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P & D Marsh
48 Elm High Road
PE14 0DQ

07730 202270



Over the past ten years several fundamental changes have taken place, normally as a result of the on going dialogue we maintain with our customers.

Originally the range was sold only in the form of kits although this in itself was a little misleading as the word ‘kit’ gives the impression of a number of parts that need to be put together before the model is painted.

In fact a large number of our models consist of single piece castings requiring no construction prior to painting. Many potential customers were confused and this put some off. We now grade every one of our models for its ‘Degree of Difficulty’.

Grades go from 1 to 5 with 1 representing those single piece castings that only need painting and 5, the more difficult models we advise are not for beginners.

The model railway hobby is a very broad one and contains within it modellers with widely divergent interests. Some may only want to construct complex locomotives; others may want to reproduce in exact detail a particular location.

Others will have a large number of tracks allowing multi-train movements but have them running on bare baseboards. Some will not want to build anything because, for example, they do not have either the time or the skills. They are often prepared to pay a small premium to have the models built for them.

To meet the needs of this large group we introduced a range of our models in hand-painted and finished form. Over the years more models have been added and we now have more than 80 different hand painted models available from stock in N and 24 in OO.

In the past, our range has comprised a large number of individual detail parts that can be used on their own or in groups to add detail to larger models or layouts.

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Traditionally in the UK models of buildings have been made from card or plastic and a number of excellent ranges exist in both forms. Customers often ask for information about specific prototypes although there are many situations where there are few or no available models.

Card is at its best portraying fairly flat surfaces such as in houses, stations or warehouses. Plastic is more versatile in portraying awkward shapes but the tooling costs are much higher.

The UK market is fairly small compared to say continental Europe, the USA or Japan and its structures differ quite noticeably from these other areas. Any manufacturer committing a large investment to a new model will want to be sure sufficient sales can be made to spread this cost well enough to make the retail price affordable.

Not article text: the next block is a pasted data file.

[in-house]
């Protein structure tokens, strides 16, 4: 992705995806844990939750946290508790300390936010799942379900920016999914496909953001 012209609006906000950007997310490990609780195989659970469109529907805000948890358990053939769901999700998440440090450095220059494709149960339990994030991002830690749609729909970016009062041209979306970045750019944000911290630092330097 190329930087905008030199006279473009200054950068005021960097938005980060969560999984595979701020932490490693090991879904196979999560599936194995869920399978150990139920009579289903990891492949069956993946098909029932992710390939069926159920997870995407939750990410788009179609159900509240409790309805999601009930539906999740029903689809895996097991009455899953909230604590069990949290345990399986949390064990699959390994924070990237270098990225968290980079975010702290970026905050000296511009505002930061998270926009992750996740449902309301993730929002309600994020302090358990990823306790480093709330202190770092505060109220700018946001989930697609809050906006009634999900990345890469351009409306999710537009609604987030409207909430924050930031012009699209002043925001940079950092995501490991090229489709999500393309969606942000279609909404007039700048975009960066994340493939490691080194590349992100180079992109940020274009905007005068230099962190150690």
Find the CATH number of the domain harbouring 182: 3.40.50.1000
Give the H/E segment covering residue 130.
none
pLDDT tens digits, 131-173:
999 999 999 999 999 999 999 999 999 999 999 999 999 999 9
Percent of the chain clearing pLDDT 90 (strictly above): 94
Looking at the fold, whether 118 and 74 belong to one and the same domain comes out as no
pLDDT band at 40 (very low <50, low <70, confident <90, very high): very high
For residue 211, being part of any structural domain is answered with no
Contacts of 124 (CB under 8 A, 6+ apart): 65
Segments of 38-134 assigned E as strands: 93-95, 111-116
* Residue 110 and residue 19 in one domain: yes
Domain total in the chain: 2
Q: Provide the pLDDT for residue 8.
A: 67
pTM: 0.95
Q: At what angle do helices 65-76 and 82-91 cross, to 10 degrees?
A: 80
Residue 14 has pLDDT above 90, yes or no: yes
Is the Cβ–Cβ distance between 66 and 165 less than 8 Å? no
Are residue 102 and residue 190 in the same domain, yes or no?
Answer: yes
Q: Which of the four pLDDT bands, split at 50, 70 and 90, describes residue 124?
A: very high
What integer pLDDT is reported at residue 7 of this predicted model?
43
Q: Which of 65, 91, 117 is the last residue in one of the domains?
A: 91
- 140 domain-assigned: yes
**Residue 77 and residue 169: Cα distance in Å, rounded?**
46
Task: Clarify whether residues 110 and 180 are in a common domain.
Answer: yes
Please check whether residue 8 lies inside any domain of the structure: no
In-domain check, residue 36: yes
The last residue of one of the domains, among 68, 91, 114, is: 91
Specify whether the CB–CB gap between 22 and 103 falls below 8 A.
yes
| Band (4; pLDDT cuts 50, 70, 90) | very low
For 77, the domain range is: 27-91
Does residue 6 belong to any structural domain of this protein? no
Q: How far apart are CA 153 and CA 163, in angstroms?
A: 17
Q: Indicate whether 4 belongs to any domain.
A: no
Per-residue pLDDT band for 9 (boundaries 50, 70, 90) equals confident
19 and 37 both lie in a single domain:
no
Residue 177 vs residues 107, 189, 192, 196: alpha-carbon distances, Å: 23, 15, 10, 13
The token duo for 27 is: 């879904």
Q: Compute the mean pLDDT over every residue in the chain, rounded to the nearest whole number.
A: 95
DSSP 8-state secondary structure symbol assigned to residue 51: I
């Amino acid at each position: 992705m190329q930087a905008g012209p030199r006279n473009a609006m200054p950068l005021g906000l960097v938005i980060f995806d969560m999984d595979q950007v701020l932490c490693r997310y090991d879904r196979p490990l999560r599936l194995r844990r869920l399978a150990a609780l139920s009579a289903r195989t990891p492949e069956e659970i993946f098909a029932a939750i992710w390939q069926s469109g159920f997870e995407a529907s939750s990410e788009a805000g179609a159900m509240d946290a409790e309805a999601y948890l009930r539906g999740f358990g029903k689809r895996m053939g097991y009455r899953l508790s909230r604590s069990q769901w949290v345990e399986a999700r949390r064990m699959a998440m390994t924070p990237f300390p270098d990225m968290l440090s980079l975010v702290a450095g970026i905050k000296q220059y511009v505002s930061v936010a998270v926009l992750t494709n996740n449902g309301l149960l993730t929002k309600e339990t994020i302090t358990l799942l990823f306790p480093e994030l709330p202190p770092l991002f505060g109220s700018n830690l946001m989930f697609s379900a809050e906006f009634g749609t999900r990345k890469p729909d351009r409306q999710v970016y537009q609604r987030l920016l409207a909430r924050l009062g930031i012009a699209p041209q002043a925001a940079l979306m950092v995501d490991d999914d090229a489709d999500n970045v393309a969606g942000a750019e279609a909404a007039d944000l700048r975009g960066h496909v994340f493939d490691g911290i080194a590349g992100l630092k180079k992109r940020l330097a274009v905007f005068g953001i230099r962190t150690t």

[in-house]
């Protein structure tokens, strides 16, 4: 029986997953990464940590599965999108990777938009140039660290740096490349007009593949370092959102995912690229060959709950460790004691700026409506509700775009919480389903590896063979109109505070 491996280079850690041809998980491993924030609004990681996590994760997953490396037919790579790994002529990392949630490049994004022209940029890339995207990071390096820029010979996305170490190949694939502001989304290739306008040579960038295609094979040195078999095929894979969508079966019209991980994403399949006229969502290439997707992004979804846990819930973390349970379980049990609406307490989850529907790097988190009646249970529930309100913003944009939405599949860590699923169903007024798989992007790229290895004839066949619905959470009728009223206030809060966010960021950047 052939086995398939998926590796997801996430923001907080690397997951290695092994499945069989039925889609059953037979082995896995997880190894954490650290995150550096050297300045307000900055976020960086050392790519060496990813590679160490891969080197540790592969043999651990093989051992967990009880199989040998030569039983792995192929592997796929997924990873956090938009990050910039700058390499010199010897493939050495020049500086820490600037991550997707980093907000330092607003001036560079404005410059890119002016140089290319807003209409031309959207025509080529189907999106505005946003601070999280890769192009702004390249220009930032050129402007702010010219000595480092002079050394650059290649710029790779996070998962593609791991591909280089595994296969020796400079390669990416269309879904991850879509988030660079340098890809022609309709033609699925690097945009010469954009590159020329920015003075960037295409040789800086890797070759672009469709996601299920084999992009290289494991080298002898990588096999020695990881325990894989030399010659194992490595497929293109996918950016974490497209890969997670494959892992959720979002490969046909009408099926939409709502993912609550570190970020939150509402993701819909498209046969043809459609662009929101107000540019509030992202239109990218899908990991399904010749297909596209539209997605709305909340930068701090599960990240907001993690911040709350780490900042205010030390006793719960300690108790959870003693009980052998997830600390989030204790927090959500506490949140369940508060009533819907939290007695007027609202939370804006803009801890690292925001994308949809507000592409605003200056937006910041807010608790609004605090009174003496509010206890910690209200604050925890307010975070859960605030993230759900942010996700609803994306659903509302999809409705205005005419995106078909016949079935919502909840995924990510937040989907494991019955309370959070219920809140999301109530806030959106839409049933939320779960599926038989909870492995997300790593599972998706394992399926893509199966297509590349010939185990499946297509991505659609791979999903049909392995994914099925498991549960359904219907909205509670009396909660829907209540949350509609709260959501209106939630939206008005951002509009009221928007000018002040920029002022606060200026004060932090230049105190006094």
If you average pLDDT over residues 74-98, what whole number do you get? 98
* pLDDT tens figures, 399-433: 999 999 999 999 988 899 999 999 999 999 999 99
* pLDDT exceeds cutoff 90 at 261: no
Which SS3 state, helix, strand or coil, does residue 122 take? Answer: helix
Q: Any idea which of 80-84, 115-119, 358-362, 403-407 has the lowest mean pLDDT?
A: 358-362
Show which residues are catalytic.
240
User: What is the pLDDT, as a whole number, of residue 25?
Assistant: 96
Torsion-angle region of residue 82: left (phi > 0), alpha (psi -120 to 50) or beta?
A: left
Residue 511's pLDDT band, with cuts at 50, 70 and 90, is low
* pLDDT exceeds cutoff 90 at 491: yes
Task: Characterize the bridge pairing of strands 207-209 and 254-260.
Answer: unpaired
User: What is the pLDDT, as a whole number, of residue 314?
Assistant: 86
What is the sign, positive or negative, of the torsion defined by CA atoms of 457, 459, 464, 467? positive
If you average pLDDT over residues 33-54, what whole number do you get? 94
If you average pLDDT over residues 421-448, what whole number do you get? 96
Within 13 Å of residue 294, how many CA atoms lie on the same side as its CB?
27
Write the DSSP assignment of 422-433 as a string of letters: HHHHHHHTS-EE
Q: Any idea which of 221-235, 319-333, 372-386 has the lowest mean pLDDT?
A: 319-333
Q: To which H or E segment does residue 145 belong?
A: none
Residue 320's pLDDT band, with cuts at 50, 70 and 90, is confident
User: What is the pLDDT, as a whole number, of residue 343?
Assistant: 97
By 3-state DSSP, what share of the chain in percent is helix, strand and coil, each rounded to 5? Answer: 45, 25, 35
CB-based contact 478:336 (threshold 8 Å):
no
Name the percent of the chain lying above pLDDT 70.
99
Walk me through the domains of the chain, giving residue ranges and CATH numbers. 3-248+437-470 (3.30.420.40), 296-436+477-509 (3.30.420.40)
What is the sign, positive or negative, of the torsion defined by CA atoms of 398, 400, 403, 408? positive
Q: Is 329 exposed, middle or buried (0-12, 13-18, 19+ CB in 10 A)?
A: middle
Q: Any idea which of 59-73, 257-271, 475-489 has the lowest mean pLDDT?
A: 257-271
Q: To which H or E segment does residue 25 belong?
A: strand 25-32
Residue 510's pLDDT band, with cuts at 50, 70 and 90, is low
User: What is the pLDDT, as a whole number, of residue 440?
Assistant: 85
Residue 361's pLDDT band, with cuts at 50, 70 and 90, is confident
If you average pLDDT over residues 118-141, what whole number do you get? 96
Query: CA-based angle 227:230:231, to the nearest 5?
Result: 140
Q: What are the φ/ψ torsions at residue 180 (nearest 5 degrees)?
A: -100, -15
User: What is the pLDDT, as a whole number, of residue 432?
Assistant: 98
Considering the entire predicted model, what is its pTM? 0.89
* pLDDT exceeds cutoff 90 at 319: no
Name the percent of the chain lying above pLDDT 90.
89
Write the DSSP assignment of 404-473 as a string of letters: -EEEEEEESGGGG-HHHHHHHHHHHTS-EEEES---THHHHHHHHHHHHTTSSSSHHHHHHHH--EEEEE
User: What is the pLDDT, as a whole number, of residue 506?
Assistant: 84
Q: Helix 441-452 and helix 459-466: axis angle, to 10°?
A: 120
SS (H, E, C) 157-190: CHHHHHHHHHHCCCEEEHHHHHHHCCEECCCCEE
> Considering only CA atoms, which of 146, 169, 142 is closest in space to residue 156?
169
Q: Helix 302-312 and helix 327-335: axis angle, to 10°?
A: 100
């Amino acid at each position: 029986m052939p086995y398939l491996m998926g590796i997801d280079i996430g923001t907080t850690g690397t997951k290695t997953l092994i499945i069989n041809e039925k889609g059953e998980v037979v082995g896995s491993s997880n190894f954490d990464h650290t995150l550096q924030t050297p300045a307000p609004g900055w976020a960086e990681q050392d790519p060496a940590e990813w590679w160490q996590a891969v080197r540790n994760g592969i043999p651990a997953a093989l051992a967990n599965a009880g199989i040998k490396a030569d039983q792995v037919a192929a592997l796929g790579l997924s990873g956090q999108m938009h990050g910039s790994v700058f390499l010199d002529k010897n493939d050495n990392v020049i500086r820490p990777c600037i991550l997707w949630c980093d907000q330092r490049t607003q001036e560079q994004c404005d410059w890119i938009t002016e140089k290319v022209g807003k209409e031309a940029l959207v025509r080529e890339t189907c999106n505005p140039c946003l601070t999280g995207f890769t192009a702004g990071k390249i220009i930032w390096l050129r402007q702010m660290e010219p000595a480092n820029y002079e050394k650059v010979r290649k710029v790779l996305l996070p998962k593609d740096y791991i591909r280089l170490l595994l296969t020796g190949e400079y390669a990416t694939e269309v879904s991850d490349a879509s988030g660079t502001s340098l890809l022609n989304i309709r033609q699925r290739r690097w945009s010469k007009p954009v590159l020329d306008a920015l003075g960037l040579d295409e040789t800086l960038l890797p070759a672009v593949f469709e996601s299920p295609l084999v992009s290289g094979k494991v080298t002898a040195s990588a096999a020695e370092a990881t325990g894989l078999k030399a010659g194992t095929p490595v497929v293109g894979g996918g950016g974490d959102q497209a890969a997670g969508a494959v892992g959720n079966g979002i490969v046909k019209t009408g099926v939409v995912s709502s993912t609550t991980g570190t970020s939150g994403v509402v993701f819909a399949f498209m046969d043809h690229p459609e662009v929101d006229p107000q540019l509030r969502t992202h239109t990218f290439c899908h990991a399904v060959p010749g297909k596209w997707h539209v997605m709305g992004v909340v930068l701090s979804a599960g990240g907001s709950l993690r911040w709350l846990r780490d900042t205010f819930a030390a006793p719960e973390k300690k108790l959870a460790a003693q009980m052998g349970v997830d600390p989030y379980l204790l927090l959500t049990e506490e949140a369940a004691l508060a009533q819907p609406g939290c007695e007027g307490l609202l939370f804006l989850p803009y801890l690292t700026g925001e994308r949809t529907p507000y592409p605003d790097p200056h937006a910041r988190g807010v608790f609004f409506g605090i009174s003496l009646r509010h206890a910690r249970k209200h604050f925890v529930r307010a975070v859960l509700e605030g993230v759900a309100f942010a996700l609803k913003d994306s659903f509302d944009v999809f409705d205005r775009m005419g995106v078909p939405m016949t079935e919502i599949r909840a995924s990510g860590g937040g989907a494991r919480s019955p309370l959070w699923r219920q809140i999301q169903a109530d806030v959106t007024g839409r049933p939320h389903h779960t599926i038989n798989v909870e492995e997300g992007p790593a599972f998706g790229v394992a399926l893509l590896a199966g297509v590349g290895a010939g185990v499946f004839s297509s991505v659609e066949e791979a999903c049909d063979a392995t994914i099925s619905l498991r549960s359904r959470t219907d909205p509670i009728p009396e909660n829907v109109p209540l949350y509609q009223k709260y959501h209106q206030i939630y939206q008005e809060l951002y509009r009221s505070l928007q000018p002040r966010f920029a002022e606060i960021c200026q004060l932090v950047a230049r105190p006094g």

This has meant that most if not all of the large plastic models are of designs that are not suitable for modelers of the UK scene without some (often severe) kit bashing. In the US, using card seems to be the exception rather than the rule (they have severe changes in humidity and temperature which do not suit models made of card), rather they have a tradition of using wood for many of their structures.

Originally the wood was supplied in thin laminated sheets together with a set of scale drawings, which were used as templates to cut out the required shapes that were then stuck together. There is, of course, a limit to the type of shape that the wood can model and so a tradition grew up of including components from a variety of sources chosen for their suitability in portraying the subject being modelled.

These kits came to be known as Craftsman models as it was assumed the modeller had certain skills to undertake the various, different, stages of construction. With technological advances these models became much more sophisticated, the plans were drawn using advanced computer software and this was then loaded into special laser cutting machines that translated the designs into a wholly accurate ‘jig-saw’ of pieces.

This is somewhat unfair as the pieces remain held in place on the thin sheeting using small tags that are cut through by the modeller. Often copies, or ‘laser maps’, of each sheet are included in the kit to allow easy identification of the parts.

For many years we have provided detail castings to one of the major N scale manufacturers in the US (The N Scale Architect) and during 2002 we reached an agreement with them to begin production of a range of these models designed specifically for the UK.

This approach allows fairly large and complex prototypes to be modelled at an affordable price with more realistic production runs given the size of the UK market. The models include sufficient detail parts to allow the model to be completed without the customer having to look elsewhere for the bits and pieces needed to complete the project.

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Our latest initiative has been the introduction of a range of structures and scenic models in laser cut wood. Wenford Works




This too has its roots in discussions with customers.

We released the first model, Wenford Works, in September 2002 and Carnabys Garage and Coates Manor Dairy have followed this.

There are versions available in N and OO and for full details please see the sections on N and OO scale buildings.